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U.S. Securities and Exchange Commission

U.S. SECURITIES AND EXCHANGE COMMISSION

Litigation Release No. 23909 / August 16, 2017

Securities and Exchange Commission v. Vergeous LLC, et al., No. 1:17-cv-23116-CMA (S.D. Fla. filed Aug. 16, 2017)

Video Game Companies and Their Principal Charged With Offering Fraud

The Securities and Exchange Commission today announced that two Florida-based video game development companies and their principal have agreed to pay approximately $293,000 for misleading investors in video game projects.

According to the SEC's complaint, through a series of unregistered securities offerings during a three-year period, Vergeous LLC, Dream Team Partners LLC, and Paul E. Renfroe raised about $1.2 million from approximately 33 investors in several states, many of whom were elderly clients of Renfroe's other businesses. The SEC alleges that Vergeous and Renfroe told investors that their money would be used to develop "free-to-play" video game projects. Instead, the SEC alleges that more than $150,000 raised from investors was used to pay undisclosed company debts and back salaries to Renfroe and others. Renfroe also allegedly touted his experience as a "long time financial advisor" and told investors that he "voluntarily" gave up his securities licenses because placing customers' investments at risk "caused a real conflict of conscience." In reality, as alleged in the complaint, Renfroe was permanently barred from the securities industry by the NASD (now FINRA) for misusing customer funds. The SEC also alleges that Vergeous and Renfroe misled investors by failing to disclose that Dream Team held complete control over all intellectual property rights associated with any joint video game projects and that Renfroe had a 30 percent ownership stake in Dream Team, despite stating that "no conflicts of interest exist."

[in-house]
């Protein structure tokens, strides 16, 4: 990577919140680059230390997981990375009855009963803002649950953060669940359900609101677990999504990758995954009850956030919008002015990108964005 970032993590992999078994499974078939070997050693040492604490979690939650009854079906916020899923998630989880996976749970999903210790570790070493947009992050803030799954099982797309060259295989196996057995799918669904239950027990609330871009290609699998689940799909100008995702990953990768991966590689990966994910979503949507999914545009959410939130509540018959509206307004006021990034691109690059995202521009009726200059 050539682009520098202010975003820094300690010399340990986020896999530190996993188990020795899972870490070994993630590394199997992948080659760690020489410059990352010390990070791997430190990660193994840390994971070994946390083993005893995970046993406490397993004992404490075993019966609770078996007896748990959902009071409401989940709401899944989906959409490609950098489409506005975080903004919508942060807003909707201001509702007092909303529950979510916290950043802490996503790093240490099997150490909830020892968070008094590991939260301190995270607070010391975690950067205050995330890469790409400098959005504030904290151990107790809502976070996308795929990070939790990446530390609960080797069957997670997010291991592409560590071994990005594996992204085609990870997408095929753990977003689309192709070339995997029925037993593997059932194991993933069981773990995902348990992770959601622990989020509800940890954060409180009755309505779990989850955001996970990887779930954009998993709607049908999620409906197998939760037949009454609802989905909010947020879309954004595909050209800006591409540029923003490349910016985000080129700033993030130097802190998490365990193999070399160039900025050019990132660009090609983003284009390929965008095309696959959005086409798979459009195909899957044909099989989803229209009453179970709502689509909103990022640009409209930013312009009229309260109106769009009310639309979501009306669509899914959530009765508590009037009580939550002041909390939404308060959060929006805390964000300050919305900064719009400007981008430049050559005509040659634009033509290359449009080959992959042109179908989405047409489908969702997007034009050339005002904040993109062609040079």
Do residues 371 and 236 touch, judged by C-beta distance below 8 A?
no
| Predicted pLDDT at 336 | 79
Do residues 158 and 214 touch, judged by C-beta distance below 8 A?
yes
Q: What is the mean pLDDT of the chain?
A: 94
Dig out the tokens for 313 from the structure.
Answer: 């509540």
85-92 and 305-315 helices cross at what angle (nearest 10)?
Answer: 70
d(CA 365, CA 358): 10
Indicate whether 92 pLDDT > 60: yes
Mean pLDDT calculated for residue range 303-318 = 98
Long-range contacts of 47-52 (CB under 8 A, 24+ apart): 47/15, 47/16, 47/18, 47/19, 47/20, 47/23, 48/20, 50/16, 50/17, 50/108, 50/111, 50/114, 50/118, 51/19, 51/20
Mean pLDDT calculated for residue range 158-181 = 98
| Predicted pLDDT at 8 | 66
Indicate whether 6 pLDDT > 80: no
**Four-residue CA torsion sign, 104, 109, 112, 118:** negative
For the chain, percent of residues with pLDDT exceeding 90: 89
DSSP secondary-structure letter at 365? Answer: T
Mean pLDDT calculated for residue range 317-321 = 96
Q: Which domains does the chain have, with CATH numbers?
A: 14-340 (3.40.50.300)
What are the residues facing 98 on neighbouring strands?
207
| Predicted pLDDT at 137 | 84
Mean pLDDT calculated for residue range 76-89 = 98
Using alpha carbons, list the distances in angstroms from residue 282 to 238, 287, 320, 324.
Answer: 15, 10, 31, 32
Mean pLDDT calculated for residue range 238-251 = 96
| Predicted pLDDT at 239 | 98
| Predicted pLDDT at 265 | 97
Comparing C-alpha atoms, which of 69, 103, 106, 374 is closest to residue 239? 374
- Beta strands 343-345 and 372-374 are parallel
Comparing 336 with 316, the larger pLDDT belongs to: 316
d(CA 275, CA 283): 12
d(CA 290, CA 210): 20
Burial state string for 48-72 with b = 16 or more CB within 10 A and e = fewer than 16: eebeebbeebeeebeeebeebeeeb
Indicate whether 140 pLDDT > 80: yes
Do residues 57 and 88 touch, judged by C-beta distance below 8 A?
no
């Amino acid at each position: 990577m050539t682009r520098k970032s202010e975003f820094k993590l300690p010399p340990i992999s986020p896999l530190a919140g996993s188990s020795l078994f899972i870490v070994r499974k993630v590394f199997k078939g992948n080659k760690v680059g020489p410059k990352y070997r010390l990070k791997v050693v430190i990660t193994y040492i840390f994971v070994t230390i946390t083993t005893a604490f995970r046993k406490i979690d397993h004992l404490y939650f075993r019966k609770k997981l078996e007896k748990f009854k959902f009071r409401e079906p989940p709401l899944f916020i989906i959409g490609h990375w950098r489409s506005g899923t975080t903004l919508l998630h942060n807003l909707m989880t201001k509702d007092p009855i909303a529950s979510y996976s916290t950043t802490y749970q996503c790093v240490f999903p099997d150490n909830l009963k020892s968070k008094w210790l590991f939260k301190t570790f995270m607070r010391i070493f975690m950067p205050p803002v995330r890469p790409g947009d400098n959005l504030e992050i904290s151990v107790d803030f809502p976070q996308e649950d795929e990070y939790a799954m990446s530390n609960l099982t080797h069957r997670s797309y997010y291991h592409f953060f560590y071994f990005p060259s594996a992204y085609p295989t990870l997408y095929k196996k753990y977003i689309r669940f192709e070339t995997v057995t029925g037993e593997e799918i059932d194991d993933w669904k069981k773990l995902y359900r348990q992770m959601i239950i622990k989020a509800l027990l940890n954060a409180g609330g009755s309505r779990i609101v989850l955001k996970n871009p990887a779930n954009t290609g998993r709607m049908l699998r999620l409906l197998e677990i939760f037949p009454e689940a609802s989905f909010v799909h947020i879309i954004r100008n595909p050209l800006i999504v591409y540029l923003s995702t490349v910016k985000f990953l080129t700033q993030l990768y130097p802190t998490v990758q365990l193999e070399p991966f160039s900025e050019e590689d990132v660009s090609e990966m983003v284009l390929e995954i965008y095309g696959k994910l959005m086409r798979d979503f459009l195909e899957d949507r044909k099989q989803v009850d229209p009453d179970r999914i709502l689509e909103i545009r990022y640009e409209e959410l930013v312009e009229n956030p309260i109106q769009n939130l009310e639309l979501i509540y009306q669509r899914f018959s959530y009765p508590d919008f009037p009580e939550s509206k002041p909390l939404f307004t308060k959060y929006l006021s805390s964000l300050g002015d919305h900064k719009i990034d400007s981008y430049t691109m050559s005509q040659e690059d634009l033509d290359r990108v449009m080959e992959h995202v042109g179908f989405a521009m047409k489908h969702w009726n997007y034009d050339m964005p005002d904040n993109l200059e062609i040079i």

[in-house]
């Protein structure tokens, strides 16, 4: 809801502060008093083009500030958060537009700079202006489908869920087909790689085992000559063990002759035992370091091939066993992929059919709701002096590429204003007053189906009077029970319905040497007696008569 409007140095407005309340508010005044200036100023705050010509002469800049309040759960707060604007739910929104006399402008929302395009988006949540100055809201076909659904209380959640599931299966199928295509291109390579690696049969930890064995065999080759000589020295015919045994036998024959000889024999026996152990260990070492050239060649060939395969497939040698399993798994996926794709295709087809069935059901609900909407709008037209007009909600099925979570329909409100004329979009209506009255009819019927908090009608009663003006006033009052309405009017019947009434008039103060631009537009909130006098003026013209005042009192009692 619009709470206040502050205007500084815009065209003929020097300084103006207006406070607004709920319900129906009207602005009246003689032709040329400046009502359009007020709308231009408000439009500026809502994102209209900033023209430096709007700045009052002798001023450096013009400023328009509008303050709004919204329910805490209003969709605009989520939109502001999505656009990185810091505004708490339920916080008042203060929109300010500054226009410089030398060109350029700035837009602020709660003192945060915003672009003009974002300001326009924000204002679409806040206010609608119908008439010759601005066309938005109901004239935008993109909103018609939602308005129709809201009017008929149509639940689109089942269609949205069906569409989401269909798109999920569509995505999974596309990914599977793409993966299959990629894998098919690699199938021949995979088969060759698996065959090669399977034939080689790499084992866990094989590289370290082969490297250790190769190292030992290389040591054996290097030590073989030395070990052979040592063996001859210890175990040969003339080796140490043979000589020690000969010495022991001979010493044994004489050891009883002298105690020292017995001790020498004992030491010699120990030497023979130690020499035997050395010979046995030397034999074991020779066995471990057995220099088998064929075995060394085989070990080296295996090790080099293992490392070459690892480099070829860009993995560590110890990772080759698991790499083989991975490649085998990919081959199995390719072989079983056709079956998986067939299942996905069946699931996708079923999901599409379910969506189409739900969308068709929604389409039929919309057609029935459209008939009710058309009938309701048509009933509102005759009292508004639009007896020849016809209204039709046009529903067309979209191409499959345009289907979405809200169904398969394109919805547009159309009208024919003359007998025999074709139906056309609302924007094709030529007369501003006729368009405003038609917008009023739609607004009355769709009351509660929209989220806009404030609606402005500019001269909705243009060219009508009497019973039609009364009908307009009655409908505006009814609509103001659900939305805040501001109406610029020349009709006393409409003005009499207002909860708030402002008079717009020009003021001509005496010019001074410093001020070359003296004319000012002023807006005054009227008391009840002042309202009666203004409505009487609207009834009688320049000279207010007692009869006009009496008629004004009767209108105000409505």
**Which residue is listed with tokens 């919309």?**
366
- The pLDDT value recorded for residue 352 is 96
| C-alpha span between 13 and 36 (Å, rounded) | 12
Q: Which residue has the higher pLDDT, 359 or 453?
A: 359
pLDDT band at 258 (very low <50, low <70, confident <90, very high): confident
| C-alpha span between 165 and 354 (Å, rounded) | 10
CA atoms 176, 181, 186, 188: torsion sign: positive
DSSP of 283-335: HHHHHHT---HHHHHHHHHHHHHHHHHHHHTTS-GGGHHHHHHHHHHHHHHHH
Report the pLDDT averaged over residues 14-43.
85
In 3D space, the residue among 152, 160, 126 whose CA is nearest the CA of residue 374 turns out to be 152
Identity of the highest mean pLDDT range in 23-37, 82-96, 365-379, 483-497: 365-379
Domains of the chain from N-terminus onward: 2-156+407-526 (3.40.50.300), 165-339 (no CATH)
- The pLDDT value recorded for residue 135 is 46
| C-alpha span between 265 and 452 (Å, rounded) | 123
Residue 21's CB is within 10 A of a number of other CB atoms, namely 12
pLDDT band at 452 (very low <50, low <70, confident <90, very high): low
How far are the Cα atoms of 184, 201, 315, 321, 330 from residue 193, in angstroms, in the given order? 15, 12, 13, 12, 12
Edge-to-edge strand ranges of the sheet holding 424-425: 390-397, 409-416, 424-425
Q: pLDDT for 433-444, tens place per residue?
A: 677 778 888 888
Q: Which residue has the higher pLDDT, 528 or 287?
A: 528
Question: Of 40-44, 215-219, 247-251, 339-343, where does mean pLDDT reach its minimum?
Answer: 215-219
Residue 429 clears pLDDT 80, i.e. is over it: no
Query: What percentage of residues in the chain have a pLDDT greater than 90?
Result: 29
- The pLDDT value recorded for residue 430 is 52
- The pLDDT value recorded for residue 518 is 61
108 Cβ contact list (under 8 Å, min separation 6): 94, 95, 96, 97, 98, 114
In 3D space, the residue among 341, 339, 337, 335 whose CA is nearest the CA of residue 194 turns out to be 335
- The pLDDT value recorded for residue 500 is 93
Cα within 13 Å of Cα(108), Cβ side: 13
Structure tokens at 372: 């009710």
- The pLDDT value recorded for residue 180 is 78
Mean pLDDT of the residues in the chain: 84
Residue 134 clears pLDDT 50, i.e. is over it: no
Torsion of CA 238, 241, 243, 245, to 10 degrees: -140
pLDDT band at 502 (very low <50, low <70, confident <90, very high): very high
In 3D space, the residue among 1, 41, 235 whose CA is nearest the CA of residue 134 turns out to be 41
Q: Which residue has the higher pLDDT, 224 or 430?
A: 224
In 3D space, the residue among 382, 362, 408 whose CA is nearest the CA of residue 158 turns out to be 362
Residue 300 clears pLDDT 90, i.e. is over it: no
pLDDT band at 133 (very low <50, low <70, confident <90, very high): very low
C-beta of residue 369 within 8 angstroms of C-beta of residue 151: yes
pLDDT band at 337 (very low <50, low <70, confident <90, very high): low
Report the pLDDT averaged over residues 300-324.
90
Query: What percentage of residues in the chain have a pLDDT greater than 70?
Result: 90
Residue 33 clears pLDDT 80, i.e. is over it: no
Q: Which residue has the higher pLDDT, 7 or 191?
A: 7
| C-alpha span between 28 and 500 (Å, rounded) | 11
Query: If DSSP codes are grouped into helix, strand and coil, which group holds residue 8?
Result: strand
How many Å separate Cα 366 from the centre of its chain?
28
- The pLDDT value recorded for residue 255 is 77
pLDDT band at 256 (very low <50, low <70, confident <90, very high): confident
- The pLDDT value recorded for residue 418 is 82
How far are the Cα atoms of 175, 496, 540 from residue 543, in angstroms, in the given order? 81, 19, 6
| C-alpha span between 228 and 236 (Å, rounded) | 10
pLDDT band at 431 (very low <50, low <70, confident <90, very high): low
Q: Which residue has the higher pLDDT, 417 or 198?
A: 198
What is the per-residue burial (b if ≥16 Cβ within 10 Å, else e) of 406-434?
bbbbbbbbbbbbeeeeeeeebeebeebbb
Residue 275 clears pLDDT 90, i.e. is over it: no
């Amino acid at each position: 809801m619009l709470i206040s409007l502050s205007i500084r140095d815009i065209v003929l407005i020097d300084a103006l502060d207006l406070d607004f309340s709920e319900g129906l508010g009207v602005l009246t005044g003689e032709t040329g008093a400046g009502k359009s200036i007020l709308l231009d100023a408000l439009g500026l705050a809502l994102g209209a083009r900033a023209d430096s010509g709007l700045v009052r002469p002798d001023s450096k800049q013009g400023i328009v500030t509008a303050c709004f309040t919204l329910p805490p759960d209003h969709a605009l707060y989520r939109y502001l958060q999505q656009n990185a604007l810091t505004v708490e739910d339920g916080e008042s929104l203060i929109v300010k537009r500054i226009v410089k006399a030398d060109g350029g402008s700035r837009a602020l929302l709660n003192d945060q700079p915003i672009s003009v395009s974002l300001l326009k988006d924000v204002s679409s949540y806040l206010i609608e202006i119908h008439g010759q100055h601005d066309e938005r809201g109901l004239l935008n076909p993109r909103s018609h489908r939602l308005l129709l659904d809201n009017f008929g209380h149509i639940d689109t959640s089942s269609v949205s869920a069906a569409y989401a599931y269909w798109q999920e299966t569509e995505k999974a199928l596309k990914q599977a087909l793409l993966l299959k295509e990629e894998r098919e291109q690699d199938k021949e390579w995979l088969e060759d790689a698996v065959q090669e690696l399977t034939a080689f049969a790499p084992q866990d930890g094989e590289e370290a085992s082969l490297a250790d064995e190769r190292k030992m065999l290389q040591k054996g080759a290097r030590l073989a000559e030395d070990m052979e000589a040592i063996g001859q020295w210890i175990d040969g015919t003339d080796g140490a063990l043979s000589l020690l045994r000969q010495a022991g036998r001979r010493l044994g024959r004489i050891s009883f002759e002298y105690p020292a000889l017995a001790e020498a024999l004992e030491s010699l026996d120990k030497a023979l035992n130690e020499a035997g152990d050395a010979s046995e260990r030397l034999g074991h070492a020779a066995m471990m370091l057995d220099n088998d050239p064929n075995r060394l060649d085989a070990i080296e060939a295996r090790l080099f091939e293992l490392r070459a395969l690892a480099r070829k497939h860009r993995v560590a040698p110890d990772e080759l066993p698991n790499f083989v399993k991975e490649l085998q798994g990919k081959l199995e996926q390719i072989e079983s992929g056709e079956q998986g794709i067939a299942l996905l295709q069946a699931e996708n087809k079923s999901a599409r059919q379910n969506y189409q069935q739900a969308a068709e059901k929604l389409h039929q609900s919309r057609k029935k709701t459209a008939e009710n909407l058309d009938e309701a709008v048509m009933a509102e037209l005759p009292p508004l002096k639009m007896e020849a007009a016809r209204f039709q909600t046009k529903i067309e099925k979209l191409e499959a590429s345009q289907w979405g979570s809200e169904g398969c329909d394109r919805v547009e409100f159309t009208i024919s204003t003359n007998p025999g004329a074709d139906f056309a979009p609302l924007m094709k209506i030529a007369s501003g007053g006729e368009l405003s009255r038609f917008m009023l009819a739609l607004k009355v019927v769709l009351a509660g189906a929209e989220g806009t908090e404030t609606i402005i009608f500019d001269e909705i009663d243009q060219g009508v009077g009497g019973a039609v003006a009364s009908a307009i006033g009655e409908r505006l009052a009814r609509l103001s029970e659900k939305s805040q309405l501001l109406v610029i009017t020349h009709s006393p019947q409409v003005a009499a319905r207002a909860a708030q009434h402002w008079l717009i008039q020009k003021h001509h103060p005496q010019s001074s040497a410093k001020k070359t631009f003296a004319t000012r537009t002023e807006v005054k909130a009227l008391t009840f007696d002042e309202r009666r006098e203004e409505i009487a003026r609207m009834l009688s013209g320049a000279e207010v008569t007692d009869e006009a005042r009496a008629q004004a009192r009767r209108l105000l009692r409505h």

The SEC's complaint further alleges that Renfroe was not registered with the SEC as a broker-dealer. Investors can quickly and easily check the credentials of people selling investments and determine whether they are registered by usingĀ the SEC's investor.gov website.

The SEC's complaint filed in the U.S. District Court for the Southern District of Florida charges Vergeous, Dream Team, and Renfroe with violating Sections 5(a), 5(c), and 17(a)(2) of the Securities Act of 1933, and charges Renfroe with violating Section 15(a)(1) of the Securities Exchange Act of 1934. Without admitting or denying the allegations in the SEC's complaint, Vergeous, Dream Team, and Renfroe consented to the entry of final judgments permanently enjoining each of them from violating the charged provisions of the federal securities laws, ordering Vergeous and Renfroe to pay $203,950 in disgorgement and interest, and Renfroe to pay an $89,078 penalty. The settlements are subject to approval by the court.

The SEC's investigation was conducted by David Staubitz and Mark Dee in the Miami Regional Office, and supervised by Chedly C. Dumornay.

SEC Complaint

 

https://www.sec.gov/litigation/litreleases/2017/lr23909.htm


Modified: 08/16/2017